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White Wall - Blu-ray

Blu-ray Review White Wall

Directed by: James Boss Cast: James Boss, Gary Kohn, Michael Teh, Aurelie Kynn, Hugh Mason, Nevin Milan, Walid Amini Running Time: 1 hr 31 min Rating: R Due Out: May 30, 2010

PLOT: In the near future, a virus called the VXII wipes out a large chunk of the world's population. Living in a land surrounded by white walls are the uneasy survivors of this event. A janitor named Shawn Kors (Boss) seeks to escape this land and find the truth about the virus that has imprisoned himself and others for many years.

WHO'S IT FOR?: The wide range of genres can open this film to many different audiences. But no fan of any film style is safe from the crushing disappointment of White Wall. If you like your action spare, your story drawn out to the point of near incomprehension, and your acting different shades of awful, then you might enjoy this inspired but flat science fiction film.


At the center of White Wall is a screenplay that resembles the quality of online fan fiction more than it does big league screenwriting. Characters are given straight-faced names like “Vitor” (pronounced VEE-tor) and “Sentenza,” and there are long bouts where certain chapters appear unnecessary (especially when the story goes to the desert). White Wall soon presents itself as sci-fi junkie’s sloppy attempt to amalgamate all sub-genres of science fiction that aren’t mixed together often – post-apocalyptic, western, and of course, action. Such “action,” while imitated in a couple of random sequences in the first hour, doesn’t kick in until the third act, which gives the story a punch of adrenaline the whole picture needs. "Cliches" should be given a screenwriting credit, something that puts the semi-interesting concept of White Wall into general territory. It shouldn’t be surprising then, that the dialogue is terrible. (Example: “What do we do now?” “Live, Shaun. Live.” Fin.)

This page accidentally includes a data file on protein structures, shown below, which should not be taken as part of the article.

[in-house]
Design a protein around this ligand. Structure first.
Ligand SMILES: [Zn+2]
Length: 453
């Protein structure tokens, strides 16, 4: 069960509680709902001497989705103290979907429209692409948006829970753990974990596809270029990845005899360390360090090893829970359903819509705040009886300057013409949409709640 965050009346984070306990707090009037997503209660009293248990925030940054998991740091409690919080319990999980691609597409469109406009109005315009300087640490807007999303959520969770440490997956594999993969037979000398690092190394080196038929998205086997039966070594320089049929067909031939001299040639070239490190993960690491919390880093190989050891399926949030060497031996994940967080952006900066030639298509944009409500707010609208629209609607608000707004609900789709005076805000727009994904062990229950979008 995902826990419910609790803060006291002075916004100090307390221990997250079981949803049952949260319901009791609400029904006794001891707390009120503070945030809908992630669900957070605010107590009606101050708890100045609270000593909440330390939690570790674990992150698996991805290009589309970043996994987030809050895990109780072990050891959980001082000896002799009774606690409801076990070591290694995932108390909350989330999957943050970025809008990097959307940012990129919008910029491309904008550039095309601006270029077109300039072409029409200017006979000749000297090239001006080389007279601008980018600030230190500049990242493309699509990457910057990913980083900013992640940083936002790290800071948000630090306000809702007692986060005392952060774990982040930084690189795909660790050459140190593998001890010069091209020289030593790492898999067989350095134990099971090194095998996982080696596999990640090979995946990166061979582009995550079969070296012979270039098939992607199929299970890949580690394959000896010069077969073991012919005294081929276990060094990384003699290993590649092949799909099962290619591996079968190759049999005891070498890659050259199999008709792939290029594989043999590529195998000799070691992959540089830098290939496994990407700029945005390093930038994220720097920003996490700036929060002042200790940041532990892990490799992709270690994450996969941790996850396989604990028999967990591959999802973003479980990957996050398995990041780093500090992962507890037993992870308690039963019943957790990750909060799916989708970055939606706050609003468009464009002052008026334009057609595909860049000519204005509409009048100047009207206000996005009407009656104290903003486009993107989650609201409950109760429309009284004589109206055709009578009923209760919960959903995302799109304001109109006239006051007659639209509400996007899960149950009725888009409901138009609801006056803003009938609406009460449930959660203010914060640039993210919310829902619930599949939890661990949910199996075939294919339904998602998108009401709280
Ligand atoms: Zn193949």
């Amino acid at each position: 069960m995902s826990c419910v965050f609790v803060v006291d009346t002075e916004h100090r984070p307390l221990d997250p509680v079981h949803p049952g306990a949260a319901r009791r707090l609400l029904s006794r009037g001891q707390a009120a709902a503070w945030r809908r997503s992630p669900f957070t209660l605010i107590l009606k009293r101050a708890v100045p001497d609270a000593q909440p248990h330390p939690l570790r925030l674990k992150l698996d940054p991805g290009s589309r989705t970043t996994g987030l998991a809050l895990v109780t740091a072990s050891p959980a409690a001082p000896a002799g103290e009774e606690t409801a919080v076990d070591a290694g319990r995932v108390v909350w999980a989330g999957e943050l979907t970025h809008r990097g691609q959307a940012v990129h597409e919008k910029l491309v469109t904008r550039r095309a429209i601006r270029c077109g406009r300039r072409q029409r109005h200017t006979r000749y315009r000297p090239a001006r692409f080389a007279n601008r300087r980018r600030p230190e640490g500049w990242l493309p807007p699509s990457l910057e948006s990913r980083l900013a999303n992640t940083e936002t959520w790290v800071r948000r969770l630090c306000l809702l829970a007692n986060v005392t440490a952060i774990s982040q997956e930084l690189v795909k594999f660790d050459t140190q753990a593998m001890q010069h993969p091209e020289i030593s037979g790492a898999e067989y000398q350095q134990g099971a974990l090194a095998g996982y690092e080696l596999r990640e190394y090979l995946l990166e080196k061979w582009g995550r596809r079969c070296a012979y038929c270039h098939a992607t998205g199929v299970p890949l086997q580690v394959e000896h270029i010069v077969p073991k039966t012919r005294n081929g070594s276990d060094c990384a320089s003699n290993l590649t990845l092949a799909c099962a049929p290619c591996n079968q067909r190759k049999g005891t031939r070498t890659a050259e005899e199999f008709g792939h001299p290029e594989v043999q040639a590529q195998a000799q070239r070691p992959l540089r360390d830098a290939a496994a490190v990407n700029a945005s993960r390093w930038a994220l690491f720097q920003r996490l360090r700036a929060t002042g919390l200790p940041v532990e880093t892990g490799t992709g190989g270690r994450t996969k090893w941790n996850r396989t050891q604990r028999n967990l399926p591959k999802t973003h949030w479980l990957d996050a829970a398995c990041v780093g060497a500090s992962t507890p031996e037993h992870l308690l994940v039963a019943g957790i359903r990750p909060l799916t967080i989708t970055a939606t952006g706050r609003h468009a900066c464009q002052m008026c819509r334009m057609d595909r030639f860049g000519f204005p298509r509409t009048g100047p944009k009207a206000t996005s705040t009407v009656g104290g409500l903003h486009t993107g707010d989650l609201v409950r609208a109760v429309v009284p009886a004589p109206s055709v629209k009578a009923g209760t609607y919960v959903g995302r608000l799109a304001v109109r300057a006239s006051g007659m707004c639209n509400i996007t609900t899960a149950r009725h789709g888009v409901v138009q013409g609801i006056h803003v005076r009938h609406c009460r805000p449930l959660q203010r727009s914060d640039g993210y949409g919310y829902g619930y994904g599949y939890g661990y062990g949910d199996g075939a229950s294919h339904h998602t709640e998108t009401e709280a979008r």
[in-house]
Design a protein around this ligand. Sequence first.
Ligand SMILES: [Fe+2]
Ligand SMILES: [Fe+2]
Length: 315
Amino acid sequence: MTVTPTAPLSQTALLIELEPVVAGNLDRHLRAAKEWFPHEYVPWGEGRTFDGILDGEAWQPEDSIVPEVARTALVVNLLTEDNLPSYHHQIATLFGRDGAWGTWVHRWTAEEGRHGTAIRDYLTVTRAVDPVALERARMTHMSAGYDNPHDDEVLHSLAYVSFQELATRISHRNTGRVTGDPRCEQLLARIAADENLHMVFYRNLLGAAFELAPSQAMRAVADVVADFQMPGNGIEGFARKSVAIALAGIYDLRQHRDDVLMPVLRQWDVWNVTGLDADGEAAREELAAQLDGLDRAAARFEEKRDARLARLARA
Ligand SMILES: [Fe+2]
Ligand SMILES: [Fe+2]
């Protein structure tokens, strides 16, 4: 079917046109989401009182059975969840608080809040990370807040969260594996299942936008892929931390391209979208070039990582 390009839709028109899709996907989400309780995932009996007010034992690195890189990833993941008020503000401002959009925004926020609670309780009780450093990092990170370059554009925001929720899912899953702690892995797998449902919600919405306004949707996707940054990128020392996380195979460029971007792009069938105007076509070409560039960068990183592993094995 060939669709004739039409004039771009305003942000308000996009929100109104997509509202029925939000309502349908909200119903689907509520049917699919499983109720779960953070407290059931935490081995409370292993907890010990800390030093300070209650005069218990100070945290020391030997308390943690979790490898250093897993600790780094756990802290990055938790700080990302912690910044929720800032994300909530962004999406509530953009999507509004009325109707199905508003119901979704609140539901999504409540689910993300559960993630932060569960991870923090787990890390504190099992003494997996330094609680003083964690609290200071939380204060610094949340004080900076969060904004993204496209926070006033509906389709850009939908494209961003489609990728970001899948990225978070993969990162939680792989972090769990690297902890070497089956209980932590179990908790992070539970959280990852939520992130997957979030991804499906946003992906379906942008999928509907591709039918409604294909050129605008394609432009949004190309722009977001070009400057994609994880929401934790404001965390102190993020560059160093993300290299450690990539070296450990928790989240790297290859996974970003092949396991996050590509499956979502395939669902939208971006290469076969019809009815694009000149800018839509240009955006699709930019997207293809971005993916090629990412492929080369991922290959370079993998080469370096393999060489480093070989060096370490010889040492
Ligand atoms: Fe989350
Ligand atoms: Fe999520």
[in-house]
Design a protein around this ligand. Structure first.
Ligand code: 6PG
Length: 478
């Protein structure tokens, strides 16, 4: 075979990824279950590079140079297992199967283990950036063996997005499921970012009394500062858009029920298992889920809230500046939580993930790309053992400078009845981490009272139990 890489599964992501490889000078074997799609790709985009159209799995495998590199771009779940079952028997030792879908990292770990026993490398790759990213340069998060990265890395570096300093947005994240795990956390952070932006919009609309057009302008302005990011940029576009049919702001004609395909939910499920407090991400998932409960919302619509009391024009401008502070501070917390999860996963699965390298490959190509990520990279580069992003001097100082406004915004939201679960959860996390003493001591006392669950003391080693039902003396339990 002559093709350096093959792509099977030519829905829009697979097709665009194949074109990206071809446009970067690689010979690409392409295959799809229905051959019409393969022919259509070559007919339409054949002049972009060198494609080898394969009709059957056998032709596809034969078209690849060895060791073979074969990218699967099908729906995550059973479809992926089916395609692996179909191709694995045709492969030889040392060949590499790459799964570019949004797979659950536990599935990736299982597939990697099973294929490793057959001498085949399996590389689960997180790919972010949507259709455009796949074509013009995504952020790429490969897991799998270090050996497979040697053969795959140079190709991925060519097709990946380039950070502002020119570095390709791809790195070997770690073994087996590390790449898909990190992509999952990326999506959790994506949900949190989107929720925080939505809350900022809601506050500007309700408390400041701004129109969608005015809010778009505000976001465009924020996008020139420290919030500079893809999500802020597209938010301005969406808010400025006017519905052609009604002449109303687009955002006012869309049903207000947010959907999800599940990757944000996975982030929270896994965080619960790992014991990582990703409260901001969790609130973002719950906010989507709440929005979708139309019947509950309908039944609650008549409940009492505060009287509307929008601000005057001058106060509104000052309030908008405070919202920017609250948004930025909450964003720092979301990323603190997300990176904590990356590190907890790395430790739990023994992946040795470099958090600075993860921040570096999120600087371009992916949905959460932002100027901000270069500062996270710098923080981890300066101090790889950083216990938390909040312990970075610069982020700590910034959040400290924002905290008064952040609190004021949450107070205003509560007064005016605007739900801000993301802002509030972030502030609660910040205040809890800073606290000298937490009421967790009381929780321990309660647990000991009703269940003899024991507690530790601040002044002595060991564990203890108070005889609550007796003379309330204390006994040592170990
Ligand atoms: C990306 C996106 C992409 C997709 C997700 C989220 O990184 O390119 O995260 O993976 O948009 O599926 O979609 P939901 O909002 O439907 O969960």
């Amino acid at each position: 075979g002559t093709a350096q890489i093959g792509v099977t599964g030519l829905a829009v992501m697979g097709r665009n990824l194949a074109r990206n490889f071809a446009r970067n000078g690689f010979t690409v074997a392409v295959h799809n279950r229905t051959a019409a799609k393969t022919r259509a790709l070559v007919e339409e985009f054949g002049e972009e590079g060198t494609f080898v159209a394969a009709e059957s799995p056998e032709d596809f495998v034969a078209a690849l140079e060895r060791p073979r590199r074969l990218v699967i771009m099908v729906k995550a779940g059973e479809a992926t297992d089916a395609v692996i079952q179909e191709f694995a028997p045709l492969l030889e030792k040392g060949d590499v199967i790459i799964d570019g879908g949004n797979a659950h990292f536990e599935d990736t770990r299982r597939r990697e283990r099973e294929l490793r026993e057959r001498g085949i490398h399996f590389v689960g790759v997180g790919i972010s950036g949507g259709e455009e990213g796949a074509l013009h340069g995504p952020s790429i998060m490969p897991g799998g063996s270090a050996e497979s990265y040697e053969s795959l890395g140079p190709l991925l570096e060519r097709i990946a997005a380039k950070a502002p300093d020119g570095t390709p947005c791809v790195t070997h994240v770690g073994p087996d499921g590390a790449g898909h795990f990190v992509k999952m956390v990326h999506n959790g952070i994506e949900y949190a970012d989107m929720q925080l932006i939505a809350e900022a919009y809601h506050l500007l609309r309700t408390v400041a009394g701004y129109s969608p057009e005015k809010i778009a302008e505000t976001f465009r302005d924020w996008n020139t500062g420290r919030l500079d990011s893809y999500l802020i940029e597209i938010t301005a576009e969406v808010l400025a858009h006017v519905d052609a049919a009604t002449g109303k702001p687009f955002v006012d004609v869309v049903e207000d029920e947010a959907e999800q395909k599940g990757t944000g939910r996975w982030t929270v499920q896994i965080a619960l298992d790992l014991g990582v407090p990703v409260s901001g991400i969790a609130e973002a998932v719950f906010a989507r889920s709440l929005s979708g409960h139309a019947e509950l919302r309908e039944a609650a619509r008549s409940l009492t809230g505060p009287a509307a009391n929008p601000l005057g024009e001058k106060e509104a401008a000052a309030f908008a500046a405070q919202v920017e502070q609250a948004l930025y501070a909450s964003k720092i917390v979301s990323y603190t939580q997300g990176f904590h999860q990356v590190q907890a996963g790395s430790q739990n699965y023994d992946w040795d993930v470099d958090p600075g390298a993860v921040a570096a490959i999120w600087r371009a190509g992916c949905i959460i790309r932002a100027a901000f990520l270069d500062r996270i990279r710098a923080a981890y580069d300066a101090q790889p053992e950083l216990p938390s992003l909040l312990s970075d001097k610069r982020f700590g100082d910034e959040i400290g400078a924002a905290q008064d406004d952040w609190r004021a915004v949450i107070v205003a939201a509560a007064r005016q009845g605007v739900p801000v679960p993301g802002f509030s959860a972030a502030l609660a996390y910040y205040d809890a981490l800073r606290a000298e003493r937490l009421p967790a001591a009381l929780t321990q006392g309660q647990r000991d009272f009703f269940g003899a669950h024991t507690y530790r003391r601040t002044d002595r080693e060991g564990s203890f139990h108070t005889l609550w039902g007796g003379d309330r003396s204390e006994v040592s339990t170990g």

As for showing what the creative forces behind White Wall have learned from loving all aforementioned sci-fi subgenres, it becomes evident that the basics have been picked up, and even those aren’t given much of an original spin. On a simple level, it’s got the threat of world-wiping viruses, duels that happen between tough guys in cowboy hats, and a few fight sequences with knives and fists that sound like door slams whenever they make contact. But the presentation of this wish list is marred by hit-and-miss cinematography, usually going hand-in-hand with weak editing. The lighting scheme is often too dark for actors and their actions to be distinguishable, and the rushing nature of the chaotic combat scenes are often reduced to simple spectacle by editing that can’t keep up with the furious kicking, knifing or punching.

Despite his efforts to make this movie as legitimate as possible, lead actor/director James Boss breathes dullness into an already iffy script. Such a weak presence himself on screen, it would only make sense that he may have guided a lot of other actors in this movie (with an slight exception of the slightly spunky Dryden, played by Gary Kohn) into the wrong direction of camera charisma. White Wall is not a movie that tries to blanket its story with long or mindless action scenes; the goal of keeping the audience involved is left up to the acting in large parts. With people like Boss leading the way, a lot of the pieces of White Wall hardly make an impact.


"Making Of" Trailer


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